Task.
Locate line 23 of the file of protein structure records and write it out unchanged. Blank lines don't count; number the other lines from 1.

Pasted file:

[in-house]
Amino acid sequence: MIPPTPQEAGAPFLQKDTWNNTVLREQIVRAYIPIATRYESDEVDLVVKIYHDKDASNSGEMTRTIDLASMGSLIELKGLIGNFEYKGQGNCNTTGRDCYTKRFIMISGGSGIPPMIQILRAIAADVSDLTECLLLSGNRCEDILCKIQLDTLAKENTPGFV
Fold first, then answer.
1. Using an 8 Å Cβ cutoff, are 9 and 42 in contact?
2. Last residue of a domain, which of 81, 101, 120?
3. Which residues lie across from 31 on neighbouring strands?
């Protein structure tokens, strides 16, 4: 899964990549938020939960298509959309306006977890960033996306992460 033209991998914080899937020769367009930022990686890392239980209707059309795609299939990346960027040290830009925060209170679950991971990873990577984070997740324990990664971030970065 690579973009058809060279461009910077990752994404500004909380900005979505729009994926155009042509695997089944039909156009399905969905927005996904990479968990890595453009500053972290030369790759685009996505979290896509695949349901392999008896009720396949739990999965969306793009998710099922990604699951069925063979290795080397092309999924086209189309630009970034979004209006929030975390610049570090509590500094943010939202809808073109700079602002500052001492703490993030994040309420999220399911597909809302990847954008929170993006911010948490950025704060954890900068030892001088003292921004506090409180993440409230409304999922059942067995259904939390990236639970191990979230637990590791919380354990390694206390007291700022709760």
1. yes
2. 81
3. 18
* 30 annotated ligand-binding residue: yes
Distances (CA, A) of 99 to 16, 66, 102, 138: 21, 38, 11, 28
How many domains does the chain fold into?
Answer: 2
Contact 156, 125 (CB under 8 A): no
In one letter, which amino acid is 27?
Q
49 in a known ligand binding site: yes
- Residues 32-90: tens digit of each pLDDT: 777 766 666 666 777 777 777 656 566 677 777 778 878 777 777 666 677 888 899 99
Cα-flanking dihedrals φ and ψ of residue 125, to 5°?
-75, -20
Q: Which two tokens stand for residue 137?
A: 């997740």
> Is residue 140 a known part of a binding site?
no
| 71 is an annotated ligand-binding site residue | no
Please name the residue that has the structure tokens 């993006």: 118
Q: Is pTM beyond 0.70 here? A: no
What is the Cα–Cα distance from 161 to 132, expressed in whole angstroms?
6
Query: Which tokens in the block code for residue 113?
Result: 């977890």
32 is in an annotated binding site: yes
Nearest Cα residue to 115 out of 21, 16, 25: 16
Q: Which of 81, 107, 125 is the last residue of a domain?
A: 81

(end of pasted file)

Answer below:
A: 């997740």